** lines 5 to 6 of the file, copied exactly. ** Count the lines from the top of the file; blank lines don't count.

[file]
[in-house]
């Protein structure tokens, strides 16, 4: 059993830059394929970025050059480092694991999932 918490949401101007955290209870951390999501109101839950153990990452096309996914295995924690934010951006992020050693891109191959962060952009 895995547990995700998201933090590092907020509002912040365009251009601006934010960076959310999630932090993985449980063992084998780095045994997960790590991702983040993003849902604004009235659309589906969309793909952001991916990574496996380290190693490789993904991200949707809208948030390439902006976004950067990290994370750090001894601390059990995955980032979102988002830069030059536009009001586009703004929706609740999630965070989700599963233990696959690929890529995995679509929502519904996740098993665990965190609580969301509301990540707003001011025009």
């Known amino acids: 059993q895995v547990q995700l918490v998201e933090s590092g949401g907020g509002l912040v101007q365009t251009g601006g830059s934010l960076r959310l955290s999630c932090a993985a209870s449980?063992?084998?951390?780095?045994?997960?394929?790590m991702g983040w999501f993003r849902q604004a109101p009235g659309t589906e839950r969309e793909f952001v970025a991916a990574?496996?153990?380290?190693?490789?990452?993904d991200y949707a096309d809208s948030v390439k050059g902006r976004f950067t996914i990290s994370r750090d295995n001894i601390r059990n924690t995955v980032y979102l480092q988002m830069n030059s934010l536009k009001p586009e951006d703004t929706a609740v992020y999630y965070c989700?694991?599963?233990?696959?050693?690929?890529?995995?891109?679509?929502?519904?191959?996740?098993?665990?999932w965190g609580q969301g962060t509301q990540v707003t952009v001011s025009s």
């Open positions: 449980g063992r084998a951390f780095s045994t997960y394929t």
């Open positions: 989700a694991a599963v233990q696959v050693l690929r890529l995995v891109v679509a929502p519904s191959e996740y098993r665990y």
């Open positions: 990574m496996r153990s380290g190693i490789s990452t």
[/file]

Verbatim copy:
């Open positions: 989700a694991a599963v233990q696959v050693l690929r890529l995995v891109v679509a929502p519904s191959e996740y098993r665990y």
């Open positions: 990574m496996r153990s380290g190693i490789s990452t």